Delaware Tech Grad Gets Degree While Waging Battle with Cancer
At Age 64, Man Doesn’t Let Illness Impede His Goal of Earning Degree
The 64-year-old, back in school after first starting in 1980, was determined not to let a cancer diagnosis stop him from earning a degree after he had pushed that goal aside to be a father and care for his family.
He sat in a chair outside Linda Collins’ classroom to eat, but something felt off. Reich’s head was spinning and he couldn’t concentrate. He lost consciousness and passed out on the hallway floor.
“I was in the hospital for four days,” Reich said.
It was one more delay for the determined father of five.
The last two years haven’t been easy for Reich who hasn’t yet gotten that medical lab tech degree, but did get to walk across the stage this spring to get an associate in general science. Now, he’s determined to finish the lab tech program, despite his health issues.
In 2016, soon after reenrolling in classes, he was diagnosed with pancreatic cancer and started chemotherapy and radiation treatments.
Reich did not take classes that fall semester due to his treatment schedule and a surgery to remove cancerous masses.
He came back for classes in the spring.
“Everything looked good, so I’m thinking we got it, we beat it,” Reich said. “But that didn’t end up being the case.”
The next fall he learned that his cancer had metastasized into his lungs. He signed on for a second round of chemo, but this time wasn’t going to miss any classes.
The New York native served in the Air Force from 1973 to 1979. When he got out, he started attending Delaware Technical Community College in Dover, where he had been stationed for the last six years. He wanted to study architectural design.
But soon after enrolling, Reich’s wife Bridgette became pregnant, and the new father quit school to care and provide for her and his son Paul in 1981.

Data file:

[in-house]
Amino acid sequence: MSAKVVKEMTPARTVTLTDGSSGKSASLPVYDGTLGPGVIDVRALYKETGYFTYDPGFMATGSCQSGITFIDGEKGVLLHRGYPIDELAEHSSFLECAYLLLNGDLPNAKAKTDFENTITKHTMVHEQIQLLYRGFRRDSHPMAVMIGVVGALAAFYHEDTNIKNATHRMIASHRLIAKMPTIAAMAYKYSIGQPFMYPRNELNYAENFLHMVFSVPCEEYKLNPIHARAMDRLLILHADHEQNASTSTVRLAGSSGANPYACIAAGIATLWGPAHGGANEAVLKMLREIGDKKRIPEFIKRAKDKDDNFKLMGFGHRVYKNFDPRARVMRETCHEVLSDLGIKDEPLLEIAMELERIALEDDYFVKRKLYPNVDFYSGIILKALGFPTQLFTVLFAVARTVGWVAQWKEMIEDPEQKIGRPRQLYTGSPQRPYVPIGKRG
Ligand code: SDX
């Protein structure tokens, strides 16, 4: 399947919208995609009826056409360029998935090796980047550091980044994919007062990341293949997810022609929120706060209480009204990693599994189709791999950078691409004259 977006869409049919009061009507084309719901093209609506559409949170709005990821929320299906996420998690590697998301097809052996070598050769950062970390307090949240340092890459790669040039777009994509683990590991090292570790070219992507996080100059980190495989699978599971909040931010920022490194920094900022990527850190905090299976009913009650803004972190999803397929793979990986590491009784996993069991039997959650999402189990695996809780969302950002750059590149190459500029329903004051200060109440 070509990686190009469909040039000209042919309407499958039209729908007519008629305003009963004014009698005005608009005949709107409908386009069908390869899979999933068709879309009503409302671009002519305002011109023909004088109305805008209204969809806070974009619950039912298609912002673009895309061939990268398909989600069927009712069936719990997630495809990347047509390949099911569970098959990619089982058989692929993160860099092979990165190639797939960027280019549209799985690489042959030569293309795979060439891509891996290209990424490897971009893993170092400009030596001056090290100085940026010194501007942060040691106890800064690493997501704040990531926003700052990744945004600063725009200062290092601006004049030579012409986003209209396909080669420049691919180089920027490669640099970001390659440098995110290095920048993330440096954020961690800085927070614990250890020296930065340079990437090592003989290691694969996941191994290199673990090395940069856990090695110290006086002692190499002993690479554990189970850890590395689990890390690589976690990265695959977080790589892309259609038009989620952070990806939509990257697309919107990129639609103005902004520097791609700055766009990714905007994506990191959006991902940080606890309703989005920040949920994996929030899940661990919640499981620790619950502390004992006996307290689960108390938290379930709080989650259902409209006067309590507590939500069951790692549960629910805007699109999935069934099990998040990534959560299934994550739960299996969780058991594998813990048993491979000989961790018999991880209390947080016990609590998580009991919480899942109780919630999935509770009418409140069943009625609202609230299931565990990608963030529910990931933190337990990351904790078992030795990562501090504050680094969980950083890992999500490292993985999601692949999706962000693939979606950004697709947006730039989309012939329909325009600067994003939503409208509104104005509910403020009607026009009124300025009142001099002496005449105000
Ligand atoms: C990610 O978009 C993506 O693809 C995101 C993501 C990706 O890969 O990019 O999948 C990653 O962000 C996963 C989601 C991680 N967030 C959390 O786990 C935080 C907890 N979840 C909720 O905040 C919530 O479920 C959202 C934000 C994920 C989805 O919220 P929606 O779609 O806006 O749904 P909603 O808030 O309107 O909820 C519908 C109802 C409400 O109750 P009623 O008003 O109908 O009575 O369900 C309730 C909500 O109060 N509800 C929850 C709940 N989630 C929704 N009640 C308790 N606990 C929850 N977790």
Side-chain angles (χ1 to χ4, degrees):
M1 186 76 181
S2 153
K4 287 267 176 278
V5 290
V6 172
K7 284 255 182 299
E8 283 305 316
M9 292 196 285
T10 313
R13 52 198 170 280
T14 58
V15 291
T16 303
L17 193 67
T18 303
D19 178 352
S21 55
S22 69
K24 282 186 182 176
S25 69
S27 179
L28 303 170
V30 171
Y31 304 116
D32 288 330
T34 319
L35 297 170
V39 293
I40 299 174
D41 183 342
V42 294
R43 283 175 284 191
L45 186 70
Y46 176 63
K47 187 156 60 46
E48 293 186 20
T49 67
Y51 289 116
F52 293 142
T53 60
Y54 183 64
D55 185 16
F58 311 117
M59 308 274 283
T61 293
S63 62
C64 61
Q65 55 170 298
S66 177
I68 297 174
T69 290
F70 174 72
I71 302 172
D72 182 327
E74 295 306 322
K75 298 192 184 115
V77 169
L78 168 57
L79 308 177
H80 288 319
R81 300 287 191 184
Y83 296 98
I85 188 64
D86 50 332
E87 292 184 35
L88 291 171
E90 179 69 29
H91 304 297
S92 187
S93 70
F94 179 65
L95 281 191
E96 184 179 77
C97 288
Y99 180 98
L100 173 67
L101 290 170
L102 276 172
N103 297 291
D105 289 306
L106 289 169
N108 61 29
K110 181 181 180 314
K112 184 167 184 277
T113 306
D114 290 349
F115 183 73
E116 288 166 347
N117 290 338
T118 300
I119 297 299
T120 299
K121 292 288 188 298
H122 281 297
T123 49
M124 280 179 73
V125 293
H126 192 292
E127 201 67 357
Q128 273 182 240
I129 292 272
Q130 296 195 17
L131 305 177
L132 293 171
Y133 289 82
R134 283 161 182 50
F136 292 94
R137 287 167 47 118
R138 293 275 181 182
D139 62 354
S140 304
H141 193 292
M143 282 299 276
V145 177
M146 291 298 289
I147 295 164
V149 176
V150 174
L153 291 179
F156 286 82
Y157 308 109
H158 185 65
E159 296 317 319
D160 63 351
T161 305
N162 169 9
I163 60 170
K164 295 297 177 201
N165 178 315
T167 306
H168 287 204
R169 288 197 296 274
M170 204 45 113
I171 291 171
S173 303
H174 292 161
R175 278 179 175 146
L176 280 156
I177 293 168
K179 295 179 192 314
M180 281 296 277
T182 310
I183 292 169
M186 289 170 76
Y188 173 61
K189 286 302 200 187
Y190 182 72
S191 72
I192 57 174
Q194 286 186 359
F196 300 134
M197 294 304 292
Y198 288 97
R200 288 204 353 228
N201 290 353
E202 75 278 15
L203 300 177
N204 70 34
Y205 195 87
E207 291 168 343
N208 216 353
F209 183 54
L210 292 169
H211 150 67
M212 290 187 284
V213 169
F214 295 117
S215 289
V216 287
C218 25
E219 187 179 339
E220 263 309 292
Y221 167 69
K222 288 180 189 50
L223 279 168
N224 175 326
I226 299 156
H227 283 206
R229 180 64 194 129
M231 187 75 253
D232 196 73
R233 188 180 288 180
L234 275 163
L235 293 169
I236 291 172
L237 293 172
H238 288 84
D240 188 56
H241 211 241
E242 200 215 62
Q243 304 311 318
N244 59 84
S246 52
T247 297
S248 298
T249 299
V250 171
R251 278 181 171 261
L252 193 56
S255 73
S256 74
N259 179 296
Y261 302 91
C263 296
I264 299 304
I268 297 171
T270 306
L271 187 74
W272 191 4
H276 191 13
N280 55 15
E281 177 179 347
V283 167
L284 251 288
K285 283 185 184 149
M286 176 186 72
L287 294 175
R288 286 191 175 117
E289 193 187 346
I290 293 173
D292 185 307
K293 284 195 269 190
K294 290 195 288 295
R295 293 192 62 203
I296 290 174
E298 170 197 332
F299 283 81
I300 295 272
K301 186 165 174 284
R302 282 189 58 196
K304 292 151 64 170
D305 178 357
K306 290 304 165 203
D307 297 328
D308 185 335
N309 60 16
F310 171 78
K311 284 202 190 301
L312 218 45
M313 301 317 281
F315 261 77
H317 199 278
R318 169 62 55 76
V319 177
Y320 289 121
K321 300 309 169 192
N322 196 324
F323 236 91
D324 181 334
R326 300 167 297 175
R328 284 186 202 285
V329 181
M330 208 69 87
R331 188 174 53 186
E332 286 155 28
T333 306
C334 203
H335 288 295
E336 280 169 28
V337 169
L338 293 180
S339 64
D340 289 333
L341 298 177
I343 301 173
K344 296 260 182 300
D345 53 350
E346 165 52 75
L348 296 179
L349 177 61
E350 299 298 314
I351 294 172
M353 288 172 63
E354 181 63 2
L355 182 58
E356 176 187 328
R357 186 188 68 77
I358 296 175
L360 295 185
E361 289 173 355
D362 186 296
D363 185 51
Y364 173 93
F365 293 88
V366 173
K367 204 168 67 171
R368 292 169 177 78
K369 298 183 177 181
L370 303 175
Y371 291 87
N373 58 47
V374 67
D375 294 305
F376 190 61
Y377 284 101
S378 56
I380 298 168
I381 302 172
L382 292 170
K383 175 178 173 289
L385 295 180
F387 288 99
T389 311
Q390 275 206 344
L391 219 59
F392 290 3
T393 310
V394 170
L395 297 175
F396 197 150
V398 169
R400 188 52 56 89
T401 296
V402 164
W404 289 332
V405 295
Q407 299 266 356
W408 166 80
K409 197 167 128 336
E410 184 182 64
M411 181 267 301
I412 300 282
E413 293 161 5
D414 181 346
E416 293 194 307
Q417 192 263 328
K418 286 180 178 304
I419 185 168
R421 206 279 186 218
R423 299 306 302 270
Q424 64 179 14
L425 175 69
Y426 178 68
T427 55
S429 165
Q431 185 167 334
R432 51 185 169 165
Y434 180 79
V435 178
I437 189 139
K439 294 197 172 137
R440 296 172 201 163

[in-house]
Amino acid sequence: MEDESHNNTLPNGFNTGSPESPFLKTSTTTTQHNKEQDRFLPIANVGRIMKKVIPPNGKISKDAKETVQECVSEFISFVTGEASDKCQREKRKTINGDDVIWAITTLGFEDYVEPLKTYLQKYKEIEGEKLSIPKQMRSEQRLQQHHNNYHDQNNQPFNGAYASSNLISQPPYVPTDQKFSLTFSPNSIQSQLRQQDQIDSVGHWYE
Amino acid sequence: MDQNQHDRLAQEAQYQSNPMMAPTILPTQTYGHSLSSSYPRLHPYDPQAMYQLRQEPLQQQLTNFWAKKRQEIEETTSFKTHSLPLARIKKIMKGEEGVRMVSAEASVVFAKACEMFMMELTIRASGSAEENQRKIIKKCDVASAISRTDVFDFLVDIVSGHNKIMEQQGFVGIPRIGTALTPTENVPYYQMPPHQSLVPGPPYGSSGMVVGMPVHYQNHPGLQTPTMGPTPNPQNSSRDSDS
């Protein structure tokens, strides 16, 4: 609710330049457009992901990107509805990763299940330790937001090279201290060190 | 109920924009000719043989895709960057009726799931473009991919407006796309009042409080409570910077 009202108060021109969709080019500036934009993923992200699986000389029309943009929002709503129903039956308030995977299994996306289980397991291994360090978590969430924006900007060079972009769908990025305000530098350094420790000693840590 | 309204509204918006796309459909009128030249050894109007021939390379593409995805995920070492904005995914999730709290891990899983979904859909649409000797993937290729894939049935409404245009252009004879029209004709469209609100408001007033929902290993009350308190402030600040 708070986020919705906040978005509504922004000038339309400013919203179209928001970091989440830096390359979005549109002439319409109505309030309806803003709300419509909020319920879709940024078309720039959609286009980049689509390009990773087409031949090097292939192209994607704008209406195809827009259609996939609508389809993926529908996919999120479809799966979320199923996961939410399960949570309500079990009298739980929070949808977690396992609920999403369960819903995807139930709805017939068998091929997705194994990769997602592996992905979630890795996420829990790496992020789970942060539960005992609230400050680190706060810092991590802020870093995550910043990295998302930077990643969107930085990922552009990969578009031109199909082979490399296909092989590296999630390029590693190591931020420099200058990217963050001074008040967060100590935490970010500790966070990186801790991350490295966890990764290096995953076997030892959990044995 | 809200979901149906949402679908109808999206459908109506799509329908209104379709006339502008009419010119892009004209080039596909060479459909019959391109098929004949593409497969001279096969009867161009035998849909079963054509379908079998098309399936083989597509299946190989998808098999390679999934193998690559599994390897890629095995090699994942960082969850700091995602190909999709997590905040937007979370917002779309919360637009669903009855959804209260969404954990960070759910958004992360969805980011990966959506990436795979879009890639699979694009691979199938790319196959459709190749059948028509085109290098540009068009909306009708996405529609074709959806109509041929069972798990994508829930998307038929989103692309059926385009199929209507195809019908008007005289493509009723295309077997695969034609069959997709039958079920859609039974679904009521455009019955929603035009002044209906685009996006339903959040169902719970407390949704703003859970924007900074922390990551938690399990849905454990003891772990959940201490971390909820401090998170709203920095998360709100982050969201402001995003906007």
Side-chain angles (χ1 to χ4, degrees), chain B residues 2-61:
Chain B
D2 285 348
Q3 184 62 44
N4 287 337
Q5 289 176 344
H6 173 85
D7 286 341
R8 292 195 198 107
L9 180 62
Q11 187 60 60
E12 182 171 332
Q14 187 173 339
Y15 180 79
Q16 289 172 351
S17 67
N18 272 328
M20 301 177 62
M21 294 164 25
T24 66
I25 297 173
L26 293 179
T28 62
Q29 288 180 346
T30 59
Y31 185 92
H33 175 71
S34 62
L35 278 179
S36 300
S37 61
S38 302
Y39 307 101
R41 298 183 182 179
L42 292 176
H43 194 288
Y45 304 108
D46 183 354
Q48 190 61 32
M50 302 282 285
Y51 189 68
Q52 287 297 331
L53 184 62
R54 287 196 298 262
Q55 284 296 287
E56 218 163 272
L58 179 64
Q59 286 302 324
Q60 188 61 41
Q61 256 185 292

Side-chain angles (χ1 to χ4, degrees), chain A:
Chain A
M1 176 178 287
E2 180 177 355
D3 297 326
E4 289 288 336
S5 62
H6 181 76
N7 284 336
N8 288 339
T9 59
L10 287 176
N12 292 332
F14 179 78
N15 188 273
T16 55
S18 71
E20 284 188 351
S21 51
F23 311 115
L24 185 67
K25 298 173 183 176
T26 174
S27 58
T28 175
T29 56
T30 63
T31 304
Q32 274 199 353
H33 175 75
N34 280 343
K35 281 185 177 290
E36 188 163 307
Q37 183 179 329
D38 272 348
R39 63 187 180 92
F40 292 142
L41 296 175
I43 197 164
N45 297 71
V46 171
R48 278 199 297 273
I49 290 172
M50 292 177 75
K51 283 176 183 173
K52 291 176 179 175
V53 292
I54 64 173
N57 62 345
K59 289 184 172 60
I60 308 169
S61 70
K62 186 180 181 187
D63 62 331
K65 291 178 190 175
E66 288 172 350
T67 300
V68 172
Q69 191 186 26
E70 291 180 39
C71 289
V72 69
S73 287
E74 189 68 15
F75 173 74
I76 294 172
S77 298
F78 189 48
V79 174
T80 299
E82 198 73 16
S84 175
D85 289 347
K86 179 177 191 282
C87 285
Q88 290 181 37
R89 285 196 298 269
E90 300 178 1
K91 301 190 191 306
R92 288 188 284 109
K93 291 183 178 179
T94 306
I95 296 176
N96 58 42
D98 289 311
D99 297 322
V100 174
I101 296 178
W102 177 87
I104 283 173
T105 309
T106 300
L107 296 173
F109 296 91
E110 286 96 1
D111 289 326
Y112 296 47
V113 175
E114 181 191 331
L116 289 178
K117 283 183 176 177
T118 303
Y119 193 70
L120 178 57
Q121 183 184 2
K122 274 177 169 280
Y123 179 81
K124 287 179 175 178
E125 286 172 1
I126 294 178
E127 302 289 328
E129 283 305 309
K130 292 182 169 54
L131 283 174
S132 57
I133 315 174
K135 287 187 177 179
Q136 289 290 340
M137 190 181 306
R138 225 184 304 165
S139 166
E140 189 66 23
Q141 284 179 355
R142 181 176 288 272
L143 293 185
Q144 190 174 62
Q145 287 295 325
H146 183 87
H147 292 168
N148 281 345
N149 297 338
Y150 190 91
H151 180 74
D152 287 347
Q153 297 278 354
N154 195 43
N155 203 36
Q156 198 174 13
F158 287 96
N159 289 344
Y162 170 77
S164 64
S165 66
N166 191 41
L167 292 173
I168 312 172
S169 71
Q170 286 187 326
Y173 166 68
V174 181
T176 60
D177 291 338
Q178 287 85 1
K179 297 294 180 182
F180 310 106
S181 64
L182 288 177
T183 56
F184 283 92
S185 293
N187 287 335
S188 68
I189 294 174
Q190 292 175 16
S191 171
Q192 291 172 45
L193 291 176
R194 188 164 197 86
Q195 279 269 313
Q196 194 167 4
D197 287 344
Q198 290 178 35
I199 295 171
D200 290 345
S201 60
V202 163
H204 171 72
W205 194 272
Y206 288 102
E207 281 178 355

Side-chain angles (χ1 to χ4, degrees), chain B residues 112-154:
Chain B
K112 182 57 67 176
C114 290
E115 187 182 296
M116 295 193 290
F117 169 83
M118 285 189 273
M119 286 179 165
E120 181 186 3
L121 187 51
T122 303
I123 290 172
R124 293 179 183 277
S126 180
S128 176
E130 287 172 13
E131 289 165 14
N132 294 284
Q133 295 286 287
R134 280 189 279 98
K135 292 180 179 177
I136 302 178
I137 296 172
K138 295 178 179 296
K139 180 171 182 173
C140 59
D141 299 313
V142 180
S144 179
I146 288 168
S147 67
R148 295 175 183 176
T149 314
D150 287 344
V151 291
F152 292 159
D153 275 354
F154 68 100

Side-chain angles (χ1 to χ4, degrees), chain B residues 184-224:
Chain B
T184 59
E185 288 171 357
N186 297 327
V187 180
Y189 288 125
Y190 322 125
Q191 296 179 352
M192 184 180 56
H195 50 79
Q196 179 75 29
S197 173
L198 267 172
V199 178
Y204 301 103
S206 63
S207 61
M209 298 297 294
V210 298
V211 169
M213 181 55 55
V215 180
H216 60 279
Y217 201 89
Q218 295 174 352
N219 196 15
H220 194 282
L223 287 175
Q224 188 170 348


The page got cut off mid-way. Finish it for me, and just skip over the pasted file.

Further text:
Just 363 days after Paul was born, Sean came along.
“We had a running joke in the house that we didn’t know what to get Paul for his first birthday, so we got him a brother,” Reich said laughing.
Reich and Bridgette would end up having five children. To support the ever-expanding family, “I did lots of things, wherever I could find work,” he said.
For a while, Reich worked for himself as a painter. Then, while the family was living in Salisbury, Maryland, he worked as a baker at a bagel shop.
From there, he went on to work for several sign companies, making and installing signs for local businesses.
Years went by. His kids grew up, got married and started families of their own. Reich now has three grandchildren, he said.
Then, 2004 struck. “That was a bad year for me,” Reich said, staring off into space for a minute.
Bridgette, his wife of 23 years, died in January. Then in June his mother died. Reich also turned 50 that year, another significant date for the widower.
“Bridgette and I were together for 26 years,” Reich said. “So basically, she was half of my life.”
Reich remarried and moved to Ohio, but the new relationship wasn’t a happy one, he said. His health was also on the decline and in 2009 he had triple bypass surgery.
He just happened to be walking past the hospital, on his way to work, when he started experiencing chest pain, Reich said. Since he was so close, he decided to get it checked out.
Two hours later, he was being operated on.
“The cardiologist walked in and said: ‘You’re a lucky man,”’ Reich said, explaining that one of his arteries actually had a little extra growth on it, which allowed just enough blood to pass through that he didn’t die.
Eventually, Reich divorced and moved back east, settling in Seaford, Delaware. He puttered around a bit before deciding that he needed to find something to occupy his time.
“I’m on Social Security and disability,” Reich said. As a result of being diabetic, he has peripheral neuropathy, nerve damage that makes his fingers and toes numb and makes it difficult to stand for long periods of time or work.
“I felt like I had to do something rather than sit around the house all day,” he said. “And you’re never too old to learn. I wish I had been able to complete college when I first started, but family comes first.”